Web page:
Key takeaway 2: To maximize the outcomes of the programme, our design team created flexible curricula for mixed cohorts that allow innovation teams to choose specific areas of focus and exercises that fit their topic and maturity. This approach was tested in our most recent innovation bootcamp and received highly positive feedback from innovators.
Use data to make informed decisions
Setting up a more extensive Monitoring, Evaluation and Learning (MEL) framework allowed us to make more data-driven decisions about the ventures we source and the design of our SDGx Acceleration programmes. The data collected served as a valuable reference point to measure the outputs and outcomes of our programmes and the impact that innovators achieve. It helped us understand which programme features can be enhanced; for example, we developed more flexible curricula to allow innovators of different experience levels to benefit equally from our programmes.
Key takeaway 3: While MEL frameworks require dedicated expertise, resources and time to implement, they are essential to innovation programmes that will enable agile and informed decision-making as you test and optimize your solutions.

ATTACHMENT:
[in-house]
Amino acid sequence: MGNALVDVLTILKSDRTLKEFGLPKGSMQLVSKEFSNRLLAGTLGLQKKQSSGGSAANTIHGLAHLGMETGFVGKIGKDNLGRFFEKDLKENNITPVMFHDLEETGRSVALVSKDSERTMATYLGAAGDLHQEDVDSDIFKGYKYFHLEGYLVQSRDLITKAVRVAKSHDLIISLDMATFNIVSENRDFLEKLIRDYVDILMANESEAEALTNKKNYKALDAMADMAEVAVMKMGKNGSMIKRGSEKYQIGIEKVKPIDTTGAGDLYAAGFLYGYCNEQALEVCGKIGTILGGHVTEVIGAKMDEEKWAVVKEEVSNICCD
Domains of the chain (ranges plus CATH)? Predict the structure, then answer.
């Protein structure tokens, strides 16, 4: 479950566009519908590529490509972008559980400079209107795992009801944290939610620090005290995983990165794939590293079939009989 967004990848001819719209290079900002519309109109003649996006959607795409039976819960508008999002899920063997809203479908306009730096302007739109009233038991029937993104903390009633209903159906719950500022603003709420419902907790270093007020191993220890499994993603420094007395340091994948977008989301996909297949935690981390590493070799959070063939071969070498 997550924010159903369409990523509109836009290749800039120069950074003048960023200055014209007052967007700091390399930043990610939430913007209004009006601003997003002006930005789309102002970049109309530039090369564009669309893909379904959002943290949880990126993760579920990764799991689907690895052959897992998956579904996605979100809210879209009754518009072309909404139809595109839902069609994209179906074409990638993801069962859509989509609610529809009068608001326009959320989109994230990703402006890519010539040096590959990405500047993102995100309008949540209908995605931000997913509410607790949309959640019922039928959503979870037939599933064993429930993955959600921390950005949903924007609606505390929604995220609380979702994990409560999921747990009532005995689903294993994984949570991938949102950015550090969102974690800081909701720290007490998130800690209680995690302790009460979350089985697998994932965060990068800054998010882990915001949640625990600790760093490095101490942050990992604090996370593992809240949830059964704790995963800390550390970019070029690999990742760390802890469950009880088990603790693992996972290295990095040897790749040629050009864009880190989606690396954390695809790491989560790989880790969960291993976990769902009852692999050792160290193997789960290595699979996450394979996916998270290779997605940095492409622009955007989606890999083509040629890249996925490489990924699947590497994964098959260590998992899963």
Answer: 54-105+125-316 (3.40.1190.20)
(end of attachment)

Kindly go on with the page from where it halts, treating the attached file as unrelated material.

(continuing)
Setting innovation projects for scale
Cultivate in-country relationships and align your activities with organizational priorities to gain buy-in
Implementation and long-term sustainability of innovation projects depend on cross-organizational relationships. By collaborating with key stakeholders such as WFP units and tapping into the expertise of WFP country offices, we conducted thorough research on the organization’s strategic plans and roadmaps that informed our work in 2022. This data-driven and collaborative way of working helped us identify organizational needs for innovation and obtain the required buy-in for innovation projects.
Nurturing and maintaining active contact with WFP country offices and knowing their priorities is critical for us to have an ongoing funnel of operations where we can introduce innovation teams and support other innovation activities. The unique value proposition that we provide to external start-ups and companies is access to WFP’s operations. As one of the largest humanitarian organizations active in more than 120 countries, WFP’s presence can allow for the exponential scaling of innovative solutions.